uppercase Q

Visiting the Destination, @
March 23, 2010, 17:25
Filed under: Art World, Museums | Tags: , , , ,

Property of MoMA

I learned via the MoMA blog that the Modern Museum made an interesting, if unprecedented acquisition into its collection today. It acquired @, the (at) symbol–not just an @, or an object, but the universal @. Some day I hope understand the legal logistics of that transaction and contract, but today, I am just in awe of the implications this has for collecting museums, and the definition of the museum itself.

Canonically, museums are inseparable from their collecting habit, by which I mean the process of owning and/or adding to their collection of objects. The identity of the Louvre is inextricable from that of the Mona Lisa now, for example, but more on the relationship between objects and their spaces later. Where non-collecting museums toed this boundary of museological identity, MoMA has just blasted a hole in it by starting to collect non-objects.

This action seems to be a two-fold commentary on the nature of collecting (object-fetish) and of the predominance of new media in art. It seems also to be a continuation of many recognized museological themes, such as declaring ownernship over something that has existed in the public domain (antiquities), collecting non-physical (conceptual, performance, some installation) art, and locating within the museum something that physically does not fit in the museum (architecture, ethnography), but breaks with these trends by combining them, and by incorporating the element of non-presence. Conceptual art, architecture, ethnography, are tied to a physical space, but @ is not. It floats between us all in the contingency of its use, and everywhere on the web.

The acquisition of @ itself is rather significant as well. It is a symbol with simultaneously limited and indefinite scope. It is a highly malleable icon that also happens to be recognized universally, and cross-culturally. In its own existence, it has served as prefix, transition, indicator, but infrequently as a thing-in-itself. In some way, the acquisition of @ is its existential liberation.

While I ponder this some more, I’m excerpting part of MoMA’s post after the cut. Please see MoMA’s original post for details and the history of @. For more on punctuation, please also see Punctuation: Art, Politics, and Play, by Jennifer Brody (Duke University Press, 2008).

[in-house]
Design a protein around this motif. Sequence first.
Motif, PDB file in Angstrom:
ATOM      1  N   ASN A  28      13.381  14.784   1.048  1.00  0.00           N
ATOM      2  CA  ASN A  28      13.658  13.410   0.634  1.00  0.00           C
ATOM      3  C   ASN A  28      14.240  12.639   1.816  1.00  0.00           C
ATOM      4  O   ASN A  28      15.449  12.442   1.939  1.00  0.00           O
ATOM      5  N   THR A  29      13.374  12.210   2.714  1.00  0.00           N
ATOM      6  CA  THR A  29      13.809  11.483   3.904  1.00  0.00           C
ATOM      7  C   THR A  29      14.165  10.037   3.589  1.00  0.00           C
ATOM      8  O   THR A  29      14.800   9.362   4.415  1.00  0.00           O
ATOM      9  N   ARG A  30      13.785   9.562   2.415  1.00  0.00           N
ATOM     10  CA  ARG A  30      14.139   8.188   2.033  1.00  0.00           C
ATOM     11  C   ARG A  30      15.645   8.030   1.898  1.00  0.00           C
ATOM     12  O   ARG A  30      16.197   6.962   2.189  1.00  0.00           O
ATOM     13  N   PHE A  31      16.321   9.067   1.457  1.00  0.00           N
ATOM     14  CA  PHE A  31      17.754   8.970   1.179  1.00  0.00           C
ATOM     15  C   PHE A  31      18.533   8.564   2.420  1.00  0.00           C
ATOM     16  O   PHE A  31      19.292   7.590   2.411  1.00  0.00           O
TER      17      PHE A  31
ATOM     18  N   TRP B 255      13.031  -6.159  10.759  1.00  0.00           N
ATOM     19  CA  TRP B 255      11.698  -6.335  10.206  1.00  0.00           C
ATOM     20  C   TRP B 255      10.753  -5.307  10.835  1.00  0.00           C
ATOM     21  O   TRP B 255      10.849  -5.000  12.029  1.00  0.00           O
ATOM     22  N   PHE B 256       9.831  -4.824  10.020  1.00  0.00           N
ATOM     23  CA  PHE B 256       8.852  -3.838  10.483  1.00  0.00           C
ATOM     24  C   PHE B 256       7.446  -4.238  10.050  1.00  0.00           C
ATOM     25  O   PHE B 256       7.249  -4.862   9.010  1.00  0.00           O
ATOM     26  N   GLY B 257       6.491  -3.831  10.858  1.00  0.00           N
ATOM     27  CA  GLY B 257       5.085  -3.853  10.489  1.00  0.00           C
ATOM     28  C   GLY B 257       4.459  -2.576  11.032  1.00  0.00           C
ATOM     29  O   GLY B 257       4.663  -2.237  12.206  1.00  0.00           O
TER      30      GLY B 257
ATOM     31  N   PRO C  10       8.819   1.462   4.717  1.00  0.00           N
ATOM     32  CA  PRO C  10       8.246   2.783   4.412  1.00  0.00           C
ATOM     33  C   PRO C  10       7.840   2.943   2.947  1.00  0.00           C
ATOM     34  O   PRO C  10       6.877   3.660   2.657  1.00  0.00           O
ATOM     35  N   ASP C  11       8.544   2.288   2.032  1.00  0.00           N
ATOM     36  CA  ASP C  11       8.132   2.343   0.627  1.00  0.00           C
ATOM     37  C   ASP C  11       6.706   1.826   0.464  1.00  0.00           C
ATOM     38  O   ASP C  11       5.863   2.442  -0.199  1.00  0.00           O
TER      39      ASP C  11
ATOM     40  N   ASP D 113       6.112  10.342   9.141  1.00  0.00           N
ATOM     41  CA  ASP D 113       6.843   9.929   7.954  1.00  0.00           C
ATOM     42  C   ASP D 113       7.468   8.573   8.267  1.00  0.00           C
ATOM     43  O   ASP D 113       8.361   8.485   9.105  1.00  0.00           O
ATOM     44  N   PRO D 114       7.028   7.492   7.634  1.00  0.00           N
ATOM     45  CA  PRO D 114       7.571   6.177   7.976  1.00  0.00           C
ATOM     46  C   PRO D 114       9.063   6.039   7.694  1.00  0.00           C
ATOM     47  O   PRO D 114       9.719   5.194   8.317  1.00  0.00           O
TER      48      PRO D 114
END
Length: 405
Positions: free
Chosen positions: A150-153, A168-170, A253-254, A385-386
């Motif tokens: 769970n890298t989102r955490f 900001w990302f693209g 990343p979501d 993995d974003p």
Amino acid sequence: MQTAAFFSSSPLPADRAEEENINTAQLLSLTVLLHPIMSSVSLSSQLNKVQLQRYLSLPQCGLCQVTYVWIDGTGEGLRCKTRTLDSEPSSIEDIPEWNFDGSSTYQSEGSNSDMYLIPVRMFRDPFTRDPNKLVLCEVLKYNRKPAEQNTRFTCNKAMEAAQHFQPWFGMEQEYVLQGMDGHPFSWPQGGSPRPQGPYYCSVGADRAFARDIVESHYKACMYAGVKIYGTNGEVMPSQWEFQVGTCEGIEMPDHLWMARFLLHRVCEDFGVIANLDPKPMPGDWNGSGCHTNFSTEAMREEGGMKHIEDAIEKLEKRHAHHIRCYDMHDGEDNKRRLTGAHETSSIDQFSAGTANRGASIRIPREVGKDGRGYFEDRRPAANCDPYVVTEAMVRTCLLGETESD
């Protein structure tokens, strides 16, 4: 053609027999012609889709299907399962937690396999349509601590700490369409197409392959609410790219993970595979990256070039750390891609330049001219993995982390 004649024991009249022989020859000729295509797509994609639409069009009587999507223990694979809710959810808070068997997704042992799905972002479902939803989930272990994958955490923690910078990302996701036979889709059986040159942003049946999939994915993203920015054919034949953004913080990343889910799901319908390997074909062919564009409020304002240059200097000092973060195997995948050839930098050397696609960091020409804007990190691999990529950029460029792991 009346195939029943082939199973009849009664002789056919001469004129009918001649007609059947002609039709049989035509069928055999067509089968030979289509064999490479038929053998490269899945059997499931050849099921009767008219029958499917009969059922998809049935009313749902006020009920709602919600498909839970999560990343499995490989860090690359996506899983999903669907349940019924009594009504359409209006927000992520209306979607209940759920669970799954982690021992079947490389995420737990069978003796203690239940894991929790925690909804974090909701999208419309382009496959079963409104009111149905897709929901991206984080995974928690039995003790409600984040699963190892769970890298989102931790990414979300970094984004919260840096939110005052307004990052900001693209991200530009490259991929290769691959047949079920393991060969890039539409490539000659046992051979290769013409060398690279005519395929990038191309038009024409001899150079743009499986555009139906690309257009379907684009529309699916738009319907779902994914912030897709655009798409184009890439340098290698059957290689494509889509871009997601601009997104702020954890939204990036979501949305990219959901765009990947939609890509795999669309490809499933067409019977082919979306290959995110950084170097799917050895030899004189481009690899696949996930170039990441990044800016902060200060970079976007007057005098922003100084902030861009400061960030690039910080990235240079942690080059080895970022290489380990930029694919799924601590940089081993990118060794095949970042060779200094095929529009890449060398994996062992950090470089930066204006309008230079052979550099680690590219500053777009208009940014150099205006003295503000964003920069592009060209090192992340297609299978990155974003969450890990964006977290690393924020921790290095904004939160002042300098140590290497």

“The acquisition of @ takes one more step. It relies on the assumption that physical possession of an object as a requirement for an acquisition is no longer necessary, and therefore it sets curators free to tag the world and acknowledge things that ‘cannot be had’—because they are too big (buildings, Boeing 747’s, satellites), or because they are in the air and belong to everybody and to no one, like the @—as art objects befitting MoMA’s collection. The same criteria of quality, relevance, and overall excellence shared by all objects in MoMA’s collection also apply to these entities.”

Courtesy of Inside/Out, MoMA Blog. Cited from http://www.moma.org/explore/inside_out/2010/03/22/at-moma/


2 Comments so far
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The acquisition of @ really strikes me as your thing. I remember at the chocolate cafe in Ashville you talked about art law and the new issues brought up by owning conceptual art. I guess this takes it a step further since it’s even more removed from the physical art that we’re used to.

I especially like how you call the acquisition itself a two-fold commentary. It’s as though the act of collecting became a piece of art in itself.

Comment by Wei

I especially like how you call the acquisition itself a two-fold commentary. It’s as though the act of collecting became a piece of art in itself.

I like how you put that. Thanks for the comment!

Comment by Q

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